A nuclear weapon is an explosive device that derives its destructive force from nuclear reactions, either fission or a combination of fission and fusion. Both reactions release vast quantities of energy from relatively small amounts of matter; a modern thermonuclear weapon weighing little more than a thousand kilograms can produce an explosion comparable to the detonation of more than a billion kilograms of conventional high explosive. Thus, even single small nuclear devices no larger than traditional bombs can devastate an entire city by blast, fire and radiation. Nuclear weapons are considered weapons of mass destruction, and their use and control has been a major focus of international relations policy since their debut. The Nuclear Weapon
In the history of warfare, only two nuclear weapons have been detonated offensively, both near the end of World War II. The first was detonated on the morning of 6 August 1945, when the US dropped a uranium gun-type device code-named “Little Boy” on the Japanese city of Hiroshima. The second was detonated three days later when the United States dropped a plutonium implosion-type device code-named “Fat Man" on the city of Nagasaki, Japan. These bombings resulted in the immediate deaths of an estimated 80,000 people (mostly civilians) from injuries sustained from the explosion. When factoring in deaths from long-term effects of ionizing radiation and acute radiation sickness, the total death toll is estimated at 120,000. The use of these weapons remains controversial. TheHistoryof Nuclear Weapon
Turkey and Brazil, both non-permanent members of the U.N. Security Council, have offered to mediate one of the most complicated conflicts that we have been living nowadays their promises is to find a resolution to the impasse at a time when world powers are in talks to impose a fourth round of U.N. sanctions on Iran. The agreement among those countries has looked a guarantee of security and peace.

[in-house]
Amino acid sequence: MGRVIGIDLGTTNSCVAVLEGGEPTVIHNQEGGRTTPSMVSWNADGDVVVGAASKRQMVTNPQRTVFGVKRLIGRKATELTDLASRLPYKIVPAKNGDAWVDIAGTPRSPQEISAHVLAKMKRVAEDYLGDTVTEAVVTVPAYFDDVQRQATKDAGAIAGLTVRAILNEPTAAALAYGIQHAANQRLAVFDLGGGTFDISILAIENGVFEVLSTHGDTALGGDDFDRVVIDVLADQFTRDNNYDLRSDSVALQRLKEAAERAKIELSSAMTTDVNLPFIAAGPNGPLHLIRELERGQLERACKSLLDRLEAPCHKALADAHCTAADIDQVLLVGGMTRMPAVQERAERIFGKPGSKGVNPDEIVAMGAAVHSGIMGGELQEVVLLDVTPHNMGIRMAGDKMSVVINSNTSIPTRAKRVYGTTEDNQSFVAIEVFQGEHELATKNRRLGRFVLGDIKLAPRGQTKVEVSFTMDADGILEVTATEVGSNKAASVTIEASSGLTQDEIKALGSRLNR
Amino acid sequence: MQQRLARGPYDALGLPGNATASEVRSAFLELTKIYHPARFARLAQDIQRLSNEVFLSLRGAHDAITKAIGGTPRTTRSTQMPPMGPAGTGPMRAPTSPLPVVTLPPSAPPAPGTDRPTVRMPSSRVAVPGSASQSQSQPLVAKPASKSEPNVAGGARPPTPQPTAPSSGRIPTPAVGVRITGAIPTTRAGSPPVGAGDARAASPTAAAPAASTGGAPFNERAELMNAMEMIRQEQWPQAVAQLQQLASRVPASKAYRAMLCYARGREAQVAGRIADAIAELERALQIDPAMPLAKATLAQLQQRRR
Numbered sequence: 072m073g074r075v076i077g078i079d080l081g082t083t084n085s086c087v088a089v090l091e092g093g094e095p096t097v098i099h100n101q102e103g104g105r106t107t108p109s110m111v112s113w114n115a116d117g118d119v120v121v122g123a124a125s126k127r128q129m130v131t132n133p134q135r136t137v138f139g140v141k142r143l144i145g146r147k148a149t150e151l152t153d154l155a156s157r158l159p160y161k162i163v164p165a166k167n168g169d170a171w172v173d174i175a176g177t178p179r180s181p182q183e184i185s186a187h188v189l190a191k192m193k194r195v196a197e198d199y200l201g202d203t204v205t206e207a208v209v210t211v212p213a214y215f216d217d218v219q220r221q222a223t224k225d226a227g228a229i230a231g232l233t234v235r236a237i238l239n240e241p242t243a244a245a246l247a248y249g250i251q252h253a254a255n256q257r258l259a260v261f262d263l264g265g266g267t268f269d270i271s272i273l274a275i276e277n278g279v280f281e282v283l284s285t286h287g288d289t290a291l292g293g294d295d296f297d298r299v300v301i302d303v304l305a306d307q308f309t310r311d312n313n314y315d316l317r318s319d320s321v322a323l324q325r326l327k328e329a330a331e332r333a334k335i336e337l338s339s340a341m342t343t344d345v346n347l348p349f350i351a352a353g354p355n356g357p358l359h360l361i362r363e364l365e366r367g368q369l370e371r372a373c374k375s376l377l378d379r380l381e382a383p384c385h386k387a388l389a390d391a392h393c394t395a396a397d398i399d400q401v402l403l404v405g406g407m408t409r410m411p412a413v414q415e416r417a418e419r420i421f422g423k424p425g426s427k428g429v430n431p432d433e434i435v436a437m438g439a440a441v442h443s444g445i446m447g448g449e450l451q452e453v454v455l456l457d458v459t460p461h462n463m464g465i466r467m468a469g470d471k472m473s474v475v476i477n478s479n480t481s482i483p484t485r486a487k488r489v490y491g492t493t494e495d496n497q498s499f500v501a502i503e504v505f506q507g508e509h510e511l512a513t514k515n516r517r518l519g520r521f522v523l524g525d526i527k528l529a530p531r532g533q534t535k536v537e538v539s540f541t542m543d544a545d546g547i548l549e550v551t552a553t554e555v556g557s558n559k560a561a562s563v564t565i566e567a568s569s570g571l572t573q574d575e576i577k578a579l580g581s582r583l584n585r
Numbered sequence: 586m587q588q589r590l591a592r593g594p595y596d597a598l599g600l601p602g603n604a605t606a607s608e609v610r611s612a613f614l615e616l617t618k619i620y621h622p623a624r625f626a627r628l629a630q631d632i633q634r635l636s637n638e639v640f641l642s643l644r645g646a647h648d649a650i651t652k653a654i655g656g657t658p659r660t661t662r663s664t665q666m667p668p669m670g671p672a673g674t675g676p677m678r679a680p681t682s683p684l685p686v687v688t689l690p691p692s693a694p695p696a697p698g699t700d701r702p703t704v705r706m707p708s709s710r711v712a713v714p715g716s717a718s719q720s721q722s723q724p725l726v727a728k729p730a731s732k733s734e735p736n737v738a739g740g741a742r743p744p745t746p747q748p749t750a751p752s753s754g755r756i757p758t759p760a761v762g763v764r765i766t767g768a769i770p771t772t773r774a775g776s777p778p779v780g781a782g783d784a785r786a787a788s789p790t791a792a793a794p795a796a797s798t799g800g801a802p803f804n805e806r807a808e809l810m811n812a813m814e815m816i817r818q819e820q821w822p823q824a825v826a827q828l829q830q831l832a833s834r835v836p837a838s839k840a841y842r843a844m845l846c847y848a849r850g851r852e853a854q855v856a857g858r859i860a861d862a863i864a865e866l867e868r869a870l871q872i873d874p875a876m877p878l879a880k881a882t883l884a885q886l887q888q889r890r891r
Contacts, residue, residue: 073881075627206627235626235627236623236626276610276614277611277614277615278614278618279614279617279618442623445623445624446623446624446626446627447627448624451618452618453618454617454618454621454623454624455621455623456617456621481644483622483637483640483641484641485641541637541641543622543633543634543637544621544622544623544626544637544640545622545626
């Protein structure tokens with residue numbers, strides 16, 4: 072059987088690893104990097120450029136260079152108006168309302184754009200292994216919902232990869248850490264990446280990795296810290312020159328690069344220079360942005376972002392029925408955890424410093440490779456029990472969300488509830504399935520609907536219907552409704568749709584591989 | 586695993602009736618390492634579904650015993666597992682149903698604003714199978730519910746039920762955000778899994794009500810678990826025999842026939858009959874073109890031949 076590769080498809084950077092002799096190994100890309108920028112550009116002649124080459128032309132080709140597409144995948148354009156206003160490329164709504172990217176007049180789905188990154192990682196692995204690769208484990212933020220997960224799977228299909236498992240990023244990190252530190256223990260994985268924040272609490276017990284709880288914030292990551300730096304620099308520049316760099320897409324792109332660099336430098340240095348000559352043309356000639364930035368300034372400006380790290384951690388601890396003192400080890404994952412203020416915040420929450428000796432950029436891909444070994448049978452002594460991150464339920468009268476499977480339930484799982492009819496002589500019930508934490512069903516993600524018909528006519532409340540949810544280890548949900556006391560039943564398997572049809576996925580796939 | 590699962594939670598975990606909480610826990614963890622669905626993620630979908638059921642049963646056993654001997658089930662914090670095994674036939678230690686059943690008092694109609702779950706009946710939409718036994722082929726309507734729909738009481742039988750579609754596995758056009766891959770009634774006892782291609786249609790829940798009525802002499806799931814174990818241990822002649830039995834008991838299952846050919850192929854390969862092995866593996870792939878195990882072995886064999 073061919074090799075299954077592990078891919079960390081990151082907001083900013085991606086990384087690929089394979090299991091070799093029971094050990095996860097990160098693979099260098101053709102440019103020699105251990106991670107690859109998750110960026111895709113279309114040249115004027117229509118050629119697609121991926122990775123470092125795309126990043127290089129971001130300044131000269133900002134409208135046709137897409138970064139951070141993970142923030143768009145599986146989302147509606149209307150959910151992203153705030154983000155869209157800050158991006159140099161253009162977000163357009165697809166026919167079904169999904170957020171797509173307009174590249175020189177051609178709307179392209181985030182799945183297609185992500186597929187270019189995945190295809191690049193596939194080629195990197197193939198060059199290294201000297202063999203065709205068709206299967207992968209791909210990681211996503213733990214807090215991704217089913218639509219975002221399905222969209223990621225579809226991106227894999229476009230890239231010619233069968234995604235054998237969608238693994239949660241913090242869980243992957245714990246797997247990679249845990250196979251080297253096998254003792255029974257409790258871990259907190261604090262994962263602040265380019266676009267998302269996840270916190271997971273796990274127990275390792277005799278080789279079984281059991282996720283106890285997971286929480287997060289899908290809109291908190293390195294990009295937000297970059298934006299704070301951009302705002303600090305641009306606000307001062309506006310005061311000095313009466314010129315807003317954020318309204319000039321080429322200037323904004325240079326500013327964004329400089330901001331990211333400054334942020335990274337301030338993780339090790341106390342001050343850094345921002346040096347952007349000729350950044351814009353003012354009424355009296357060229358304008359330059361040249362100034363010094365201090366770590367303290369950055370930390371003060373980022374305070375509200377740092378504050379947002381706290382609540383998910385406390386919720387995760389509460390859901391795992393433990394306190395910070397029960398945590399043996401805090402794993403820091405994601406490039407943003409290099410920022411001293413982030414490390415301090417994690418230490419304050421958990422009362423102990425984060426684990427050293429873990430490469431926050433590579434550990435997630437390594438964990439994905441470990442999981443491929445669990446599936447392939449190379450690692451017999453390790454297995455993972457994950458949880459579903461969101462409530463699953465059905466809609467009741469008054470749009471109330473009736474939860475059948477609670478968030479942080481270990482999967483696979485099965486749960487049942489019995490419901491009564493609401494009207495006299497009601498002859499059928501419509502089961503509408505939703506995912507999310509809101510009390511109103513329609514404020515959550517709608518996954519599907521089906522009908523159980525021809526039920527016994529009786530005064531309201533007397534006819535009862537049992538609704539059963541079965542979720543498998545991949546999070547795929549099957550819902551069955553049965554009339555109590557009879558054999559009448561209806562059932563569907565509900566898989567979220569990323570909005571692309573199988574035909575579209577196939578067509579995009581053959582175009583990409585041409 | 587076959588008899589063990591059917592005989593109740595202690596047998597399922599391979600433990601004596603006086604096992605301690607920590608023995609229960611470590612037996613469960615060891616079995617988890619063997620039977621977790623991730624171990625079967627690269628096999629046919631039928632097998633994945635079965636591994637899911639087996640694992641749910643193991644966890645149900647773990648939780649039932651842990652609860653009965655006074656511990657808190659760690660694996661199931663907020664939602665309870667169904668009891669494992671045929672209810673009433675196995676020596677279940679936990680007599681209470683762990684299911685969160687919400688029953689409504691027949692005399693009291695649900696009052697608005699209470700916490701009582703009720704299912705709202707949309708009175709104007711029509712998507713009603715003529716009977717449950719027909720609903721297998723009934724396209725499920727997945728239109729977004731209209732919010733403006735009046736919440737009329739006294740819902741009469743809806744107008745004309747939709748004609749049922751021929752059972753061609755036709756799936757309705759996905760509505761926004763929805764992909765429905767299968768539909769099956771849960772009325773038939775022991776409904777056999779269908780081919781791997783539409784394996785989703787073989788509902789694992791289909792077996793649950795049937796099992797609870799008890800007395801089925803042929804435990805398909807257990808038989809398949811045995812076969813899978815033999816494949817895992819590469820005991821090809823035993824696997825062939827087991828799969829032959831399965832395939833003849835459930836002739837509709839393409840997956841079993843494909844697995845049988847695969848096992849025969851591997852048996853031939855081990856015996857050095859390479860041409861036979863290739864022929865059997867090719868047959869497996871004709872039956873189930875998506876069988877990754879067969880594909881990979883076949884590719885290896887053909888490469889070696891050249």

SecurityCouncilPermanentMembers The security Council Permanent Members are all nuclear weapons possessors. They all see this agreement with distrust , they say that the Iranian regime didn't accomplish last agreement signed by its governments. Accusing that the Iran Government it is only interested in gaining time to build a Nuclear Bomb. The superiority of those countries is reinforced if those agreement does not work, reaffirming the power and the influence of the Five Permanent Members.
The nuclear program of Iran was launched in the 1950s with the help of the United States as part of the Atoms for peace program. The support, encouragement and participation of the United States and Western European governments in Iran's nuclear program continued until the 1979 Iranian Revolution that toppled the Shah of Iran. After the 1979 revolution, the Iranian Government temporarily disbanded elements of the program, and then revived it with less Western assistance than during the pre-revolution era. Iran's nuclear program has included several research sites, two uranium mines, a research reactor, and uranium processing facilities that include three known uraninum enrichment plants. The long delayed startup of Iran's first nuclear power plant, Bushehr I, was most recently estimated for the middle of 2010. There are no current plans to complete the Bushehr II reactor, although the construction of 19 nuclear power plants is envisaged.Iranhas announced that it is working on a new 360 MWe nuclear power plant to be located in Darlhovin. Iran has also indicated that it will seek more medium-sized nuclear power plants and uranium mines for the future. Why Iran?
trust verb (BELIEVE) to have belief or confidence in the honesty, goodness, skill or safety of a person, organization or thing Trust